As one of the white people who wrote to you, offering to meet to talk about issues of white privilege and internalized superiority that all white people are raised with in this culture— it is with dismay to me that you wrote this week that the offer was, “all good intentioned, but I felt each (offer) had the air of your column is not how progressive white people talk about race in public.”
Clearly you have never had the opportunity to work with other white people who, committed to undoing white surpremist-ideology, internally as well as in our society, offer love, support, and a space forward for undoing what the white culture has indoctrinated us with.
As many know, the main divide in this country is race, and has been since the genocide of native people’s, slavery and the building of the US off these two historical realities. There has never been an apology, reparations , or real reconstruction. It all has continued on, in different forms -- in response to, and crumbs offered, because of the great struggles of African-American people for freedom. White people who are poor, even if they grew up with class oppression, are in a completely different position. White GLBT people do not share this history nor is it similar enough for us to offer advice on. First, let’s get our foot off the backs of people of color in the hundreds of ways this is done daily.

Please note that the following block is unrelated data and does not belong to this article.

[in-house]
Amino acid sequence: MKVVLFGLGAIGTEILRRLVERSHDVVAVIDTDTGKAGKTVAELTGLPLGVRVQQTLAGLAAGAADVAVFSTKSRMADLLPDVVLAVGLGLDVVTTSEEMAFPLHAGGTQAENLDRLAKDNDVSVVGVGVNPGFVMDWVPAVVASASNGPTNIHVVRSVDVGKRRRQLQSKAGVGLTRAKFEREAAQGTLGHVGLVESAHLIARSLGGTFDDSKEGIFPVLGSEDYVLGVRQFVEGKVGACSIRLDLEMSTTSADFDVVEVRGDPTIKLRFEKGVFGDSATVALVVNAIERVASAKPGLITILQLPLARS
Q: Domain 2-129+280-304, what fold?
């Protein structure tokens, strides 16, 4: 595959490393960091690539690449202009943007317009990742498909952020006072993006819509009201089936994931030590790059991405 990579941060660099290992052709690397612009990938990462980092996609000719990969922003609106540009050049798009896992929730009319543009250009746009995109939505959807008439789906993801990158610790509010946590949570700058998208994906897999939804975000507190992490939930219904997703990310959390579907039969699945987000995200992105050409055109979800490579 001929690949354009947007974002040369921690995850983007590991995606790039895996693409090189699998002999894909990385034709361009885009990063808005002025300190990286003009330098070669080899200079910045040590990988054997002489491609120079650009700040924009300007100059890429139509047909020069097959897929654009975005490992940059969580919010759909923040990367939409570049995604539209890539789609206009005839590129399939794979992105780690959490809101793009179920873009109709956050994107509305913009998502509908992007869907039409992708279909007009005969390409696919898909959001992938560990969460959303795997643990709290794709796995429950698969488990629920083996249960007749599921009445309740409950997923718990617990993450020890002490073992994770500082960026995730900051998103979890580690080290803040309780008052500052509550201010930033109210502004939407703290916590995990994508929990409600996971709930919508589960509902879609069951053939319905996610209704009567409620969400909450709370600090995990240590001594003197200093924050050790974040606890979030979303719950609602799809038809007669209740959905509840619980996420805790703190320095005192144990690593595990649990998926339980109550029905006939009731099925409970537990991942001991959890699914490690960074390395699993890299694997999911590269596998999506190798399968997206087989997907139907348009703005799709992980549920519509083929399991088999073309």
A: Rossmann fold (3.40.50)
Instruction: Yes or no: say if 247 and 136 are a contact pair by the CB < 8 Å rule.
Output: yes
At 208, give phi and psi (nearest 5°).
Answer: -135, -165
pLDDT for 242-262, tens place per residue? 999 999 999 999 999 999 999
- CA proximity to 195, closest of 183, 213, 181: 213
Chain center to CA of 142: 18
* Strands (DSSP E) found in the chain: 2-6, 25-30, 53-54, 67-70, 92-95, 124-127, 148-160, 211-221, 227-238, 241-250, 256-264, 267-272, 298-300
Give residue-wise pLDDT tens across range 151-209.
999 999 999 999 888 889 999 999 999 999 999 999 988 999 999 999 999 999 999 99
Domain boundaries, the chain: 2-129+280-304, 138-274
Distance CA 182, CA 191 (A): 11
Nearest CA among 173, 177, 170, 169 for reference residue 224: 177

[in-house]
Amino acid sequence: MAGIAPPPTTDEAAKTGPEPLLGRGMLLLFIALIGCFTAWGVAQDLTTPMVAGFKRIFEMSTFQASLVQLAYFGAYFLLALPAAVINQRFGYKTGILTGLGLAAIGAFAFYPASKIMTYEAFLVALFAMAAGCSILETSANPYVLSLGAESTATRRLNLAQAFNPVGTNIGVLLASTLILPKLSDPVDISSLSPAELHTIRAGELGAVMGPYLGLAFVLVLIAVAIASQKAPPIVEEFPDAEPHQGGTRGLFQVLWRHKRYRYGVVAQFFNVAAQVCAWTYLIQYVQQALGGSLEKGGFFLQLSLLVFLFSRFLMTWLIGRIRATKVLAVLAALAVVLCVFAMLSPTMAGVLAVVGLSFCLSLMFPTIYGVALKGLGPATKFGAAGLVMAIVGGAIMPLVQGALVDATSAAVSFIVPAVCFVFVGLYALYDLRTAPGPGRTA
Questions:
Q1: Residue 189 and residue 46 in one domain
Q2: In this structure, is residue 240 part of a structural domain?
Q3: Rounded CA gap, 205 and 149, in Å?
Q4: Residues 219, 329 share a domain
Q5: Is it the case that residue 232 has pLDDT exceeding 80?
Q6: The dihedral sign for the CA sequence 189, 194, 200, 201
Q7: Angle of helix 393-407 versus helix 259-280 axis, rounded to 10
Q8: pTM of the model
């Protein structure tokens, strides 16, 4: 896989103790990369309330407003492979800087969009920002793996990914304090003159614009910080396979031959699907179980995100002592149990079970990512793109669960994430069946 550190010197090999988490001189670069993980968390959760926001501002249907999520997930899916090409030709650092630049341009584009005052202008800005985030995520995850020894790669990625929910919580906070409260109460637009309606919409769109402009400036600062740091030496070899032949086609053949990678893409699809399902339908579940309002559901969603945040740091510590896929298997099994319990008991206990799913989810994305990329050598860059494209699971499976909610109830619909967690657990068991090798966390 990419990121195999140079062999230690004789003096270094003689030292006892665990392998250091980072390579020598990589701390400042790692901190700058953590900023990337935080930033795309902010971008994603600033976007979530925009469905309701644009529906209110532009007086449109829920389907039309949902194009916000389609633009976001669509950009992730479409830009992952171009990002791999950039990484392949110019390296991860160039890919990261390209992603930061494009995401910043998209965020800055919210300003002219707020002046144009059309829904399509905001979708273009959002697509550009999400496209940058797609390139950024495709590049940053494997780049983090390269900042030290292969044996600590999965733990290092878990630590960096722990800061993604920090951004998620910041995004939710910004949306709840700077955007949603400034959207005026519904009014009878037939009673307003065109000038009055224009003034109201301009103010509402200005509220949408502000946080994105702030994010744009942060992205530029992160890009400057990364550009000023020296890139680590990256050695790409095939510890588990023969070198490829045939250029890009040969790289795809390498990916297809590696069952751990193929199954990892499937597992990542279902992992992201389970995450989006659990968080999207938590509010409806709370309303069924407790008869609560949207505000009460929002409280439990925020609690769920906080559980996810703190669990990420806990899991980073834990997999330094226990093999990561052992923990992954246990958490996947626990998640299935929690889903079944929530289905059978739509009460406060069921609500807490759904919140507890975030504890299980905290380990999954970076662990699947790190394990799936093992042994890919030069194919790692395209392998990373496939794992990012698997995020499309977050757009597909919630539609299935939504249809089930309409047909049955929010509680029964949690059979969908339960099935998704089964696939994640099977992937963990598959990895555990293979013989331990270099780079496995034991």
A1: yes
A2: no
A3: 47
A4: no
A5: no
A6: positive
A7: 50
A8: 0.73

My invitation to you was an invitation to gather together with others, to be part of a white solidarity movement that takes racism seriously and knows that our white cultures must be rebuilt. We can’t do it alone—we need each other to be there. This work is the work of a lifetime— having an inter-racial child , lover, or friends will not do it. It is not people of color’s responsibility to teach us what is going on. We have to know history and open our eyes to ourselves, our family, our history books, and to what takes place around us every day. This is our problem— if we are sincere in transforming our culture and country.
My offer to you still stands. Let’s get together and talk. It is not about what is acceptable in public, it is about becoming allies in the building of a new anti-racism community that can truly stand in solidarity with communities of color.
Malkah B. Feldman